IT’S BEEN all of eight years now since Cambridgeshire post-folk collective Fuzzy Lights have graced our ears with an album, that being Rule Of Twelfths; but the planets have aligned favourably for such a sonic missive and, scrying the near future, their fourth album of atmospheric acid-folk, Burials, will be handed down to us come July 2nd.
The announcement of that record comes, necessarily, with a first reveal, the mists parting to show a path deeper into the tangled underbrush, and presenting as the pine-perfumed grace of “Maiden’s Call”, the video for which you can watch below.
Singer Rachel Watkins drapes her otherwordly vocals over a tune that owes as much to West Coast psych as it does to the English folk tradition; a slow psych bass figure, acid-folk guitars erupting after the slow, smoky build.
“Maiden’s Call is a song about loss.” Rachel reflects. “It was written shortly after I had a miscarriage and documents the time where you are attempting to come to terms with that loss.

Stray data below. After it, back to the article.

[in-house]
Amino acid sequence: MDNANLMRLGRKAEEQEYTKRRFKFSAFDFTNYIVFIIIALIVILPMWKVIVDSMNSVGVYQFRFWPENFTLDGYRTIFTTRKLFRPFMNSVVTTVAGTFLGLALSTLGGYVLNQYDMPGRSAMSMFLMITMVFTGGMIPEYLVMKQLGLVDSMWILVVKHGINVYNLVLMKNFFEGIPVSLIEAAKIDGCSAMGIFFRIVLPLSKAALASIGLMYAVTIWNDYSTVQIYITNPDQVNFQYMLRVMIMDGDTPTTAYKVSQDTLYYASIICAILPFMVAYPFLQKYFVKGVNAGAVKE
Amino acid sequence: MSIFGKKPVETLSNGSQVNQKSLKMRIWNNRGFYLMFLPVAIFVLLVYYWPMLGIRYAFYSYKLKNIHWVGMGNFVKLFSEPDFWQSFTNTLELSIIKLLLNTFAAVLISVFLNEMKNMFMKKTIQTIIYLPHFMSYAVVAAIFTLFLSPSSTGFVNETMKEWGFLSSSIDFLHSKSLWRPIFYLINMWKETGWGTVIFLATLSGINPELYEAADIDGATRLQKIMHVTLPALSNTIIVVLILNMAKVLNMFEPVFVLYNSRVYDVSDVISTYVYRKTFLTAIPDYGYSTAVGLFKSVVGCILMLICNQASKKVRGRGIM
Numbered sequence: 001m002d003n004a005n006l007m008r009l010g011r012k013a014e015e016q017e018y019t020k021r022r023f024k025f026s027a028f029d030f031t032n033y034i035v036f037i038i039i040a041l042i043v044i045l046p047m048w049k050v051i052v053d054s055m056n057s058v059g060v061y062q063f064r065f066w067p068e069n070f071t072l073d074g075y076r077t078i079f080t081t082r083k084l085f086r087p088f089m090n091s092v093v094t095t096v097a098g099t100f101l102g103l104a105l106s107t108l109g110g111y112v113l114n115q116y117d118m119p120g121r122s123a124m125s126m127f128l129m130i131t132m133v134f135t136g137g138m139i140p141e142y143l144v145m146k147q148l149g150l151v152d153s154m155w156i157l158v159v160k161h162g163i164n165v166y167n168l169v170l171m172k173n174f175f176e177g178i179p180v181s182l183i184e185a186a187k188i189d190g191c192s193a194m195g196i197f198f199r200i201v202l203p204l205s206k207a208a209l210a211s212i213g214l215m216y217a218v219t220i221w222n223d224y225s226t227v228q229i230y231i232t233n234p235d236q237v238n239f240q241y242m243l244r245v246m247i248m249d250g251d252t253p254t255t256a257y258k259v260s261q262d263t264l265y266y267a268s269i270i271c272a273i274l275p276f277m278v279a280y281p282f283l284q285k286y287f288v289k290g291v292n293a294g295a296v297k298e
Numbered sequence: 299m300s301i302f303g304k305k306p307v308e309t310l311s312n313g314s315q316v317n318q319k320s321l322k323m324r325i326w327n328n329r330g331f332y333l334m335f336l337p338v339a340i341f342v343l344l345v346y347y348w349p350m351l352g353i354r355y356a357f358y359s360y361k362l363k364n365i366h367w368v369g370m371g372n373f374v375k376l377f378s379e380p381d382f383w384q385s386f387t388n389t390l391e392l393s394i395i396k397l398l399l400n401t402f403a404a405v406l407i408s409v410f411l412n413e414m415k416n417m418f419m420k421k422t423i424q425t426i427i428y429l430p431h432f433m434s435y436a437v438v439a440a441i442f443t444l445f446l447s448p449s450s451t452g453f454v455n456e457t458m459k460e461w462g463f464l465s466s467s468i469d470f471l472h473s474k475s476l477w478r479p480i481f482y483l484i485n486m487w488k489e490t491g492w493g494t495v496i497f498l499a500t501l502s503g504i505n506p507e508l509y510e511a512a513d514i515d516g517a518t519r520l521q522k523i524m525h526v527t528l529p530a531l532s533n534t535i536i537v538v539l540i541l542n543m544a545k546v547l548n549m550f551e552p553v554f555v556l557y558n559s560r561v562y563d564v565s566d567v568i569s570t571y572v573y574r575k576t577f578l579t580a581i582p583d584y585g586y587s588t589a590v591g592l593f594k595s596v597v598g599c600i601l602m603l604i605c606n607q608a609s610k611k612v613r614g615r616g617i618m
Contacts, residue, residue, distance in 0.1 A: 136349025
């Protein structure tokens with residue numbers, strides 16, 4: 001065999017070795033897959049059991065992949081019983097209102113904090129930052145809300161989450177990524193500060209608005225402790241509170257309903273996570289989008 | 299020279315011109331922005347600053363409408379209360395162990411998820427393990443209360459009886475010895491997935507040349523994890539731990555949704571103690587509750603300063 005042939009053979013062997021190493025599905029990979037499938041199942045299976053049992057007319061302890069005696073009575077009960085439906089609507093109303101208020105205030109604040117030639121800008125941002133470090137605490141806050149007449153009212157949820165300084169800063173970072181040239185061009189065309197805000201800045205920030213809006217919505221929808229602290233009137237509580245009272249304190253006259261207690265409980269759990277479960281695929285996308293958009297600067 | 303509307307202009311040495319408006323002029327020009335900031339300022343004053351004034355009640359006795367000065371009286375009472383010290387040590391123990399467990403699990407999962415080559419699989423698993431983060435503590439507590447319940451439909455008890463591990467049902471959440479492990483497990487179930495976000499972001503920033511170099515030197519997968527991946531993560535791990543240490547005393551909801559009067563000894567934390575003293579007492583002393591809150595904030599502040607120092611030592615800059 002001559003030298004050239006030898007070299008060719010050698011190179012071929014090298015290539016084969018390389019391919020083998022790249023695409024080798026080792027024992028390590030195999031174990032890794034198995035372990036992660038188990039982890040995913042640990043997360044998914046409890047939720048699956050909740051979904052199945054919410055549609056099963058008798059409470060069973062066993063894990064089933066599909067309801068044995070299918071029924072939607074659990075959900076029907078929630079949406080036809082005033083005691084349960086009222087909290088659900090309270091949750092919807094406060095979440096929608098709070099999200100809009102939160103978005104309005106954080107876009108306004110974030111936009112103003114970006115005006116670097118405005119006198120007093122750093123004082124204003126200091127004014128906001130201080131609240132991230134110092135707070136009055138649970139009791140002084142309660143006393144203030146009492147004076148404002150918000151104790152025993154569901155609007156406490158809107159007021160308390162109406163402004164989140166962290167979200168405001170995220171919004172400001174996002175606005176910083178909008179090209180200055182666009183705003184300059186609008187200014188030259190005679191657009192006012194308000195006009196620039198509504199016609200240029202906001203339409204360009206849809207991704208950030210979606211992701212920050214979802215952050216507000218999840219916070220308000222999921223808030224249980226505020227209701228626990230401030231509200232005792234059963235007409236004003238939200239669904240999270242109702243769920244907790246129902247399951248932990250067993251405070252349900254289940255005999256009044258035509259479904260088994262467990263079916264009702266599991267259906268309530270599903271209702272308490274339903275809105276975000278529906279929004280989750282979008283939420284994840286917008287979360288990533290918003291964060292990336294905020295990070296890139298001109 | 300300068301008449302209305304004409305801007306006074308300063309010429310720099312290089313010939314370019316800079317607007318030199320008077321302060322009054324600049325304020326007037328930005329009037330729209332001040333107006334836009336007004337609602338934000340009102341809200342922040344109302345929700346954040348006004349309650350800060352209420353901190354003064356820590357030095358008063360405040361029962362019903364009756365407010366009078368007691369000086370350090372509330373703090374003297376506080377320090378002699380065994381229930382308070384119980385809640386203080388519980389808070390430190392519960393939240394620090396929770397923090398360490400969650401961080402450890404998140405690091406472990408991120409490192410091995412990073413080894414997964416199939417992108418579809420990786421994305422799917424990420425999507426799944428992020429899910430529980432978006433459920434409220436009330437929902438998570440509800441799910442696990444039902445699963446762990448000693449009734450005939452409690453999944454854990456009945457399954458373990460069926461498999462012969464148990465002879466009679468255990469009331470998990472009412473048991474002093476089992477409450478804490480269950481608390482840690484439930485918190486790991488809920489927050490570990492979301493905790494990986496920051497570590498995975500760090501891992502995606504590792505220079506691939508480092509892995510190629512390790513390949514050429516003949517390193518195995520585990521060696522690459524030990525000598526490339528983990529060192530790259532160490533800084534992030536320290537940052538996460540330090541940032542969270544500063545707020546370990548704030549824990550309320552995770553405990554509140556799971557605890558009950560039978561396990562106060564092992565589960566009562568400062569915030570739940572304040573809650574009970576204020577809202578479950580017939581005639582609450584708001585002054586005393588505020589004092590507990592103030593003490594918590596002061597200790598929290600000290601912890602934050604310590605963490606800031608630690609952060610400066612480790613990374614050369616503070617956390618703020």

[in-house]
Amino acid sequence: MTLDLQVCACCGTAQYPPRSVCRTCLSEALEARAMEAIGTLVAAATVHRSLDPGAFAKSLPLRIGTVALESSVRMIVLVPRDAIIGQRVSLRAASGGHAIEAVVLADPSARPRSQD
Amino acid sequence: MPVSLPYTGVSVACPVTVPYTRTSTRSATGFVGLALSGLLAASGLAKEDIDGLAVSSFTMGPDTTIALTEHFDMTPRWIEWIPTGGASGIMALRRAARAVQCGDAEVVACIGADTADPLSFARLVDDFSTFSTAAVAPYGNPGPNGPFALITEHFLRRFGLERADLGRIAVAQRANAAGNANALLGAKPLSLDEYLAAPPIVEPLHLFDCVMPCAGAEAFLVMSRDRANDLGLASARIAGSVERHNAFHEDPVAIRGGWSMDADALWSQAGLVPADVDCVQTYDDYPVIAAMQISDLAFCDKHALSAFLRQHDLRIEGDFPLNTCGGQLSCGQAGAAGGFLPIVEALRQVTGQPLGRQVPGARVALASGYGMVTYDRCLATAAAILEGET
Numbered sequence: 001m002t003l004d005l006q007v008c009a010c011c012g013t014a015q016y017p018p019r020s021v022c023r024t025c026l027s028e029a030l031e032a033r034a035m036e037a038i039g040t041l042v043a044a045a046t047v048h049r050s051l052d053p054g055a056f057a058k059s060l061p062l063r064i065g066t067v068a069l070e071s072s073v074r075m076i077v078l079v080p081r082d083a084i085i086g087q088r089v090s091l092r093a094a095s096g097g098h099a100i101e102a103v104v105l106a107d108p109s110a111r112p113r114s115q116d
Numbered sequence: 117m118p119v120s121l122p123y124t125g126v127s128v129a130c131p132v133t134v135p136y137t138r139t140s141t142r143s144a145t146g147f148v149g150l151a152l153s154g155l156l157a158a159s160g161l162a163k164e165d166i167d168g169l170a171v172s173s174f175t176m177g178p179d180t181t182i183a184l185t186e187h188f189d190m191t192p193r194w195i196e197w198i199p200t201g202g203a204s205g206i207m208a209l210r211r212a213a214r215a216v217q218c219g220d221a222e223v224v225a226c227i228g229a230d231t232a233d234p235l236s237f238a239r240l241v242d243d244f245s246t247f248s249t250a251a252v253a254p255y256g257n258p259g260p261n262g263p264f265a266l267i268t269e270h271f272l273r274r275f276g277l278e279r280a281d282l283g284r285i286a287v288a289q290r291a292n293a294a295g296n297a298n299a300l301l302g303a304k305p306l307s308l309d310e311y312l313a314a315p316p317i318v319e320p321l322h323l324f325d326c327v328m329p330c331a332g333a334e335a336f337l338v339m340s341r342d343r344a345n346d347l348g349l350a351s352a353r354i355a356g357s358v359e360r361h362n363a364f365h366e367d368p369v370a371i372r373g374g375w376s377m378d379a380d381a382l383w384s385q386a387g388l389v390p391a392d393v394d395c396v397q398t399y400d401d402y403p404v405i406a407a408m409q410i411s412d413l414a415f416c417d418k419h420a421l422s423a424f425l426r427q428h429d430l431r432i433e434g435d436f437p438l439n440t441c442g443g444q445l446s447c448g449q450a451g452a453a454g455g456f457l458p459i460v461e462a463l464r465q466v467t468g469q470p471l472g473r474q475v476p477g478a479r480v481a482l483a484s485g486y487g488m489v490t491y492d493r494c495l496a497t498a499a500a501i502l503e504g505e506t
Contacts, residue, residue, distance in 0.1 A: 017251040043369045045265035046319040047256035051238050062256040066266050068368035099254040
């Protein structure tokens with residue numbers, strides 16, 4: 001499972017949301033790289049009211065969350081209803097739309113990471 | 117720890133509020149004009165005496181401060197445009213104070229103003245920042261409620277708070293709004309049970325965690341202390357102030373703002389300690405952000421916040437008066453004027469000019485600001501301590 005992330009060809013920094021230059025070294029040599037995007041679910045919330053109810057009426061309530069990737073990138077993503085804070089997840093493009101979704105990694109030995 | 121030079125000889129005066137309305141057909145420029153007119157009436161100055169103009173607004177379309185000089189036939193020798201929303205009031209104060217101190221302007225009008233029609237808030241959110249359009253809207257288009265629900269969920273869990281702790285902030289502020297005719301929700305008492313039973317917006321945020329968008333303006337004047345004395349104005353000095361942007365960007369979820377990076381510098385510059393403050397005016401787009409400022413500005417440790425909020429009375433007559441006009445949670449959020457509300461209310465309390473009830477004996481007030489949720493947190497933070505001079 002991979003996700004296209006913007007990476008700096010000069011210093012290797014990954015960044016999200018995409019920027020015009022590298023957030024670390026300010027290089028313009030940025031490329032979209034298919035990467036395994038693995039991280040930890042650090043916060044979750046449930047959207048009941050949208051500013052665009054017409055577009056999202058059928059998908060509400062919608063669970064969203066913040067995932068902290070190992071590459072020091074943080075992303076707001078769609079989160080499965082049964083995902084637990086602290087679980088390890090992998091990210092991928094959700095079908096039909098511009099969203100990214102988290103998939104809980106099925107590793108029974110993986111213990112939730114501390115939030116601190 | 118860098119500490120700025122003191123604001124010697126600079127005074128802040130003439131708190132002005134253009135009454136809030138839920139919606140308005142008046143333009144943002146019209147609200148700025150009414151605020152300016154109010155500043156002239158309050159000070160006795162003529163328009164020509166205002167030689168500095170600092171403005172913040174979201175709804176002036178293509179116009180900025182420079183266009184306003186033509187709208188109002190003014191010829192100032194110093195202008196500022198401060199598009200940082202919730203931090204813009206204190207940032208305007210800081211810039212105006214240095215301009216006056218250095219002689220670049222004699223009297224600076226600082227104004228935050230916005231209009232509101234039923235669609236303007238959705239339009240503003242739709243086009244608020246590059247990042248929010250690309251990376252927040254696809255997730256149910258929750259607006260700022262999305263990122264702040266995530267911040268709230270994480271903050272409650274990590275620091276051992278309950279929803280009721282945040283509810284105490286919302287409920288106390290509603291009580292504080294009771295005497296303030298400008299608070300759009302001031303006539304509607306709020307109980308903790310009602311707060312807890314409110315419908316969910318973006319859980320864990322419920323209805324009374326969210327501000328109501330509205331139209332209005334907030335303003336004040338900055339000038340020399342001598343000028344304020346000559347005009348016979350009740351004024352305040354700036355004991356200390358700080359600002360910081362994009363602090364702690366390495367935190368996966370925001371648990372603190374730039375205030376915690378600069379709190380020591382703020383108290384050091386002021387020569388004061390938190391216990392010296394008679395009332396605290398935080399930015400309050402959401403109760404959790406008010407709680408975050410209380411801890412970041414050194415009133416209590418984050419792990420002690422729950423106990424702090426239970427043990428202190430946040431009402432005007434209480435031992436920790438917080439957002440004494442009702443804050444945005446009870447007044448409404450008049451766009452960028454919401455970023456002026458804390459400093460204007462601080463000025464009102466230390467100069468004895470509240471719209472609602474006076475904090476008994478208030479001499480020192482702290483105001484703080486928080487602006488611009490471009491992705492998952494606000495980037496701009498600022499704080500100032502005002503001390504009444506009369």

“It also reflects upon the feeling of connection I found to the many women who have lived these moments in their own lives and the gratitude I felt for that relationship.”
Of the video she says: “We wanted to represent the theme of the song in a way that was not too overt, mixing together elements of ritual and tradition that are echoed in the lyrics.
“Here we are imagining a transition from childhood to adulthood that is tied to the earth, with the use of chalk facepaint and the deer’s antlers emphasising this connection.
“We had the extra challenge of creating a video during lockdown, so this became a family effort with our son happy to play a starring role.”
“Maiden’s Call” was premiered by Folk Radio, who had cause to cite Godspeed, Kikagaku Moyo and Dirty Three in their apprecation; me, I’m getting Trees, Espers, Jefferson Airplane. All great things, of course.
Fuzzy Lights’ Burial will be released on July 2nd digitally, on limited CD and limited vinyl; you can get your order in now at Bandcamp.